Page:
5 Dreamy Book Towns

5 Dreamy Book Towns, blog post by Aspasia S. Bissas
Photo by Pixabay on Pexels.com

Book lovers are dreamers. We dream of other worlds and other lives. We dream of what we just finished reading and what we’re going to read next. We dream of homes crammed with our book collections, libraries that never close, and cozy local bookshops where we can spend massive quantities of both time and money. And some book lovers dream of entire towns devoted to books and then make them a reality. Did you know there are dozens of book towns around the world (enough that one writer even wrote a book about them)? At a time when so many events have been cancelled and travel is difficult, if not impossible, for most of us, dreaming is more important than ever. Here are five book towns to dream about (and where one day, hopefully, you’ll be able to live your dreams).

Have you been to any book towns? Which are your favourites? Share in the comments…

Hay-on-Wye, Wales

5 Dreamy Book Towns, blog post by Aspasia S. Bissas

Probably the best known of all the book towns, and credited with inventing the concept, Hay-on-Wye is home to numerous book and antiques shops. It hosts the Hay Festival, a literary event that (normally) travels to other cities throughout the year (click the link to watch this year’s events online). There’s also a castle.

St. Pierre de Clages, Switzerland

5 Dreamy Book Towns, blog post by Aspasia S. Bissas

A Medieval village, St. Pierre de Clages is Switzerland’s only book town. The town specializes in antiquarian booksellers, but that’s not all you’ll find there. They also host an annual book festival that’s described as a must for “book lovers, amateur readers, history buffs or fans of comic books.” (No word on what’s happening with the festival in 2020, but it’s probably safe to assume it’s cancelled.)

Featherston, New Zealand

5 Dreamy Book Towns, blog post by Aspasia S. Bissas

One of the newer book towns, Featherston has already established itself as a place for book lovers. Its annual Featherston Booktown Karukatea Festival, usually held in May, was postponed, but a Words in Winter event is currently taking place until August– key features include author talks and book signings.

Hobart, USA

5 Dreamy Book Towns, blog post by Aspasia S. Bissas

Located in the Catskills (New York), Hobart was essentially a ghost town not too long ago. Now it’s a dedicated book town with stores featuring books on topics ranging from American history and feminism to vintage cookbooks and craft books. Massive book sales are held on Memorial Day and Thanksgiving weekends, and Hobart also hosts their Festival of Women Writers (currently postponed but there may be virtual events).

Sidney, Canada

5 Dreamy Book Towns, blog post by Aspasia S. Bissas

Sidney is Canada’s only book town, as far as I can tell (something they’ve apparently been claiming since the 1990s). Located on beautiful Vancouver Island, Sidney bookstores include new, used, and antiquarian books on everything from military history to classic children’s fiction. There’s a special focus on local authors and culture, and many stores hold regular events. Most books are in English, but you can also find a good selection of Japanese and Chinese titles. There’s also the annual Sidney LitFest (returning in 2021).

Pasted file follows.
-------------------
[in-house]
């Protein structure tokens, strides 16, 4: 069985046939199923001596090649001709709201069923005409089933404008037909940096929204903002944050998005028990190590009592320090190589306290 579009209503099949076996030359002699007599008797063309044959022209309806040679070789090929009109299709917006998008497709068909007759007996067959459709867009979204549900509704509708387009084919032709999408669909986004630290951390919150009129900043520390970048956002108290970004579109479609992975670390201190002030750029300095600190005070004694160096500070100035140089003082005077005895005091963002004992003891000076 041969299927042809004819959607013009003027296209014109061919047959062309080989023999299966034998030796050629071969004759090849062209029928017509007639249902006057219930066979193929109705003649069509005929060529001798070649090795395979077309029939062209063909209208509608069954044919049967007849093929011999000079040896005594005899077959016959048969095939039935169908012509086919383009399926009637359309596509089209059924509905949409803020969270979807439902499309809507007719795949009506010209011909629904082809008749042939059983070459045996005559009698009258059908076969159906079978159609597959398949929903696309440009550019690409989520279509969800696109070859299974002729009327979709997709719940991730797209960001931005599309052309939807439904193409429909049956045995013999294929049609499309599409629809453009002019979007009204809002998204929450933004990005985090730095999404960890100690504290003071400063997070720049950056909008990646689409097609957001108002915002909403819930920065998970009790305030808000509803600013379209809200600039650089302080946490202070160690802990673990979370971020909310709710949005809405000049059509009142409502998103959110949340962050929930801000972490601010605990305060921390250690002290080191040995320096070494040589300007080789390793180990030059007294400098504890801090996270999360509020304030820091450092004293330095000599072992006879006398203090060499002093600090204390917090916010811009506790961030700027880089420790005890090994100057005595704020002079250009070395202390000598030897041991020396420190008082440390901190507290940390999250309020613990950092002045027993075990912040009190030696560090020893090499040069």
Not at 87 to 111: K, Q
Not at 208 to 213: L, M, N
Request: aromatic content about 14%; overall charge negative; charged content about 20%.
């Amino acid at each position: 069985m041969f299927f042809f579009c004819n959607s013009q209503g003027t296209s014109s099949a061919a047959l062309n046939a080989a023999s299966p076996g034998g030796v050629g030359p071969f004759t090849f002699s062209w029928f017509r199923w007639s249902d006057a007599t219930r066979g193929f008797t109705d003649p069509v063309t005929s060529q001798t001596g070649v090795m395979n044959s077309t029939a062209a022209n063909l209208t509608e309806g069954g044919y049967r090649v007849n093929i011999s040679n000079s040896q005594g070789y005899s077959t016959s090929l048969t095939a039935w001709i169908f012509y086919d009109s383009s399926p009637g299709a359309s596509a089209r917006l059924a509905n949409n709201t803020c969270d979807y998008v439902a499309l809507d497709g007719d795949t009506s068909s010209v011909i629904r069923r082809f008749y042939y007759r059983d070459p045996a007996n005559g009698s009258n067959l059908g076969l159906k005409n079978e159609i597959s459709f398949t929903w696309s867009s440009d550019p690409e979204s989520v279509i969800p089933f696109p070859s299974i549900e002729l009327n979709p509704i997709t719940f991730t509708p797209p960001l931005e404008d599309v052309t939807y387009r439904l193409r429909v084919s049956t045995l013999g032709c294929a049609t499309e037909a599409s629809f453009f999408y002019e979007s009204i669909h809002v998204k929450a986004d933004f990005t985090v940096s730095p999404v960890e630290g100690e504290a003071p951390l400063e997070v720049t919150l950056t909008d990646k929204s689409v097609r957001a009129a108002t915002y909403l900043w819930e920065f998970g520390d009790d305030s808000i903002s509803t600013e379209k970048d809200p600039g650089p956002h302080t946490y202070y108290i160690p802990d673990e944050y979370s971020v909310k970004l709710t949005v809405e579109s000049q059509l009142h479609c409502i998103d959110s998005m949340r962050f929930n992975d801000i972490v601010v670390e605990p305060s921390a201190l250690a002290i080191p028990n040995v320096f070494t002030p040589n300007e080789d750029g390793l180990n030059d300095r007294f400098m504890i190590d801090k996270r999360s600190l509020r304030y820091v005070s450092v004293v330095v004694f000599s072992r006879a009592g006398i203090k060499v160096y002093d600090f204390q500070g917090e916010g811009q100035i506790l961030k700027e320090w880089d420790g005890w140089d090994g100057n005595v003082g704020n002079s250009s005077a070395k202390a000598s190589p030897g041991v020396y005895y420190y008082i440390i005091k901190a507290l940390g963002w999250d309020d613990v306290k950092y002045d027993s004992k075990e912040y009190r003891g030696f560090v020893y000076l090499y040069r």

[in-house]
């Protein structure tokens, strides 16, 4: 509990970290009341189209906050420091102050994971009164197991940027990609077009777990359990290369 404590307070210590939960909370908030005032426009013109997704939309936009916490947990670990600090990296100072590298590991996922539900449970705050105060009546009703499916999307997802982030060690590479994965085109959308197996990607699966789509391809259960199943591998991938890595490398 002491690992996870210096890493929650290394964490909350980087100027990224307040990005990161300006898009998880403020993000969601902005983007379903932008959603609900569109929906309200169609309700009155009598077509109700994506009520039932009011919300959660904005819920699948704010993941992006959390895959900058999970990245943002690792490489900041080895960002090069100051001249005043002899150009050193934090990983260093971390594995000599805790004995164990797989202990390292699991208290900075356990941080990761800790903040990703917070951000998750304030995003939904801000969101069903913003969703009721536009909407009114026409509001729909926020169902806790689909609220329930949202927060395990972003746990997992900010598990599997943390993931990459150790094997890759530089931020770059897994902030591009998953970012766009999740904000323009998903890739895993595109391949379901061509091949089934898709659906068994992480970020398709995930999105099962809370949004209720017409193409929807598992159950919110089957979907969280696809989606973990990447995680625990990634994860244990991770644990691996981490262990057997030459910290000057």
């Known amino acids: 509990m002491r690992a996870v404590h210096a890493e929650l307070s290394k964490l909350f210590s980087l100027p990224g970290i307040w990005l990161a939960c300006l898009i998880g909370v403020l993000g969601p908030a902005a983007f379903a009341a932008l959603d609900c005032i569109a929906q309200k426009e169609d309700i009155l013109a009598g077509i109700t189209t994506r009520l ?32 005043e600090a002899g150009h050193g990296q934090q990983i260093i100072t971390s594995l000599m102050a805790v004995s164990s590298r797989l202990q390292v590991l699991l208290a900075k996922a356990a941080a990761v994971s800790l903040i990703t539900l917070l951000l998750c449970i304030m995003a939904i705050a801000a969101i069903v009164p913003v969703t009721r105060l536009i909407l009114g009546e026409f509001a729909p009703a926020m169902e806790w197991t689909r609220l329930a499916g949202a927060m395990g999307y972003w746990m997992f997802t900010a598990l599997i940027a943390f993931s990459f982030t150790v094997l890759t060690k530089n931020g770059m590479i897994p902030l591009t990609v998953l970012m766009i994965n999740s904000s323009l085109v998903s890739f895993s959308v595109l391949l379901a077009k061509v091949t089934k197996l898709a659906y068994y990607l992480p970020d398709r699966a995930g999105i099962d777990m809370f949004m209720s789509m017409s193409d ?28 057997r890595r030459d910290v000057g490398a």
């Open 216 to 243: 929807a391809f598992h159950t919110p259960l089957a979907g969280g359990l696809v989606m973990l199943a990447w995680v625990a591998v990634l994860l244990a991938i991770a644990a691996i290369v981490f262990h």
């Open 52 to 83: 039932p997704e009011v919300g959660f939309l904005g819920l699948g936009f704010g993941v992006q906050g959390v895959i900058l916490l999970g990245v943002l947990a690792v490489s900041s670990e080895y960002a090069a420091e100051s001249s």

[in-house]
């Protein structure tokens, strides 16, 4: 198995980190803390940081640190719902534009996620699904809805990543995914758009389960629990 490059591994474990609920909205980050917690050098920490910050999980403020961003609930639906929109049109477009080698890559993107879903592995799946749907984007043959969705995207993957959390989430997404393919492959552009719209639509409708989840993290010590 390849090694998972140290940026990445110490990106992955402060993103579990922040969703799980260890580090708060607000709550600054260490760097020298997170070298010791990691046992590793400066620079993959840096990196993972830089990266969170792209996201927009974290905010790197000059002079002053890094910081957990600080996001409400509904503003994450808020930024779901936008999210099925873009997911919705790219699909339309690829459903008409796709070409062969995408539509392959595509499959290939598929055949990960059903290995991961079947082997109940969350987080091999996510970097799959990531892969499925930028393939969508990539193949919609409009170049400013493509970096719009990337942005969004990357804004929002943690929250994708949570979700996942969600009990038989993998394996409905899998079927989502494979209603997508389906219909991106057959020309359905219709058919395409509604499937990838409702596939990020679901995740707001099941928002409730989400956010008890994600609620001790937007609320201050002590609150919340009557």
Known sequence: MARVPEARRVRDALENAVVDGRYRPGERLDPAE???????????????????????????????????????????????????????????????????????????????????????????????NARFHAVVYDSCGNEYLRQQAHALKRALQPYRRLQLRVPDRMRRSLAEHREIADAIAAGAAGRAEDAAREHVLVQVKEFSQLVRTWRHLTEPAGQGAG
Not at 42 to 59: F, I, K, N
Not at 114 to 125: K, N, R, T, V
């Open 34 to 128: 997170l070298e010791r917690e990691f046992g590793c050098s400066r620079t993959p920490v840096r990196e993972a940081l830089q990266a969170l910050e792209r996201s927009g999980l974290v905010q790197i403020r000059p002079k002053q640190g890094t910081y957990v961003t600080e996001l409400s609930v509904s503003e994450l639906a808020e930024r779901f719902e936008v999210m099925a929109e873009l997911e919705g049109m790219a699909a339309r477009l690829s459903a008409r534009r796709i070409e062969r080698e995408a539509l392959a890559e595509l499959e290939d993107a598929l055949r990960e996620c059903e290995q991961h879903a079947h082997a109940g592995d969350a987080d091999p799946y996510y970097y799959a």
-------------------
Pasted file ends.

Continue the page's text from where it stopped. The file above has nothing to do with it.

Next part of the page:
These are just a few of the dozens of book towns that exist around the world (although most seem to be in Europe, hopefully this concept will catch on). You can find out about more book towns here and here.

Aspasía S. Bissas book covers png
If you’re looking for something to read until you can get to the nearest book town, download my books FREE…

Love Lies Bleeding: SmashwordsBarnes & NobleKoboApple Books
Blood Magic: SmashwordsBarnes & NobleKoboApple Books
Tooth & Claw: SmashwordsBarnes & NobleKoboApple Books

If you prefer a good paperback to an ebook, order Love Lies Bleeding from Bookshop – a portion of each sale goes directly to independent bookstores, as well as to myself. Thank you for supporting indie! ♥

 

Cheers,

Aspasía S. Bissas

3 Free Books and 1 Request

Aspasía S. Bissas book covers png

Have you read and enjoyed any of my books? If so, please leave a rating and/or review!

Love Lies Bleeding

Goodreads

Amazon

 

Blood Magic

Goodreads

Amazon

Download FREE

 

Tooth & Claw

Goodreads

Amazon

Download FREE

 

Feel free to leave a rating/review on any other book sites too!

Thanks for supporting authors ♥

Cheers,

Aspasía S. Bissas

 

 

Welcome to Vancouver

0 welcome

Since travelling is off the table for the foreseeable future, I thought I’d share some photos from a past trip. I was lucky enough to visit beautiful Vancouver on Canada’s west coast back in April 2018. If you ever have the chance to go, I highly recommend it. Mountains, ocean, gorgeous gardens, good coffee, friendly people. Some take issue with all the rain Vancouver tends to get, but I found it cozy (I also noticed it tended to clear up by early afternoon on most days anyway). I hope I can go back again– there was so much I didn’t get to see last time (like whales!)

These were taken in the north end of downtown Vancouver and the Gastown neighbourhood. Vancouver has one of the only steam clocks in the world.

0 tower0 steam clock0 mountain0 building

I got these shots (and the “Welcome to Vancouver” sign) on the way to Stanley Park…  Continue reading “Welcome to Vancouver”

5 More Vampires You May Not Have Heard Of

5 More Vampires You May Not Have Heard Of, blog post by Aspasia S. Bissas
Photo by freestocks.org on Pexels.com

Chances are when you think of vampires you’ll think of Eric Northman, Drusilla, Barnabas Collins, or any of the other fanged creatures-of-the-night that populate modern culture, including Mara from Love Lies Bleeding. The vampires we’re familiar with are (generally) human looking, powerful, often charismatic and attractive, with a thirst for blood and a dislike of stakes. But that wasn’t always the case. History and folklore are full of vampires that are nothing like what we’ve come to expect. Here are five examples…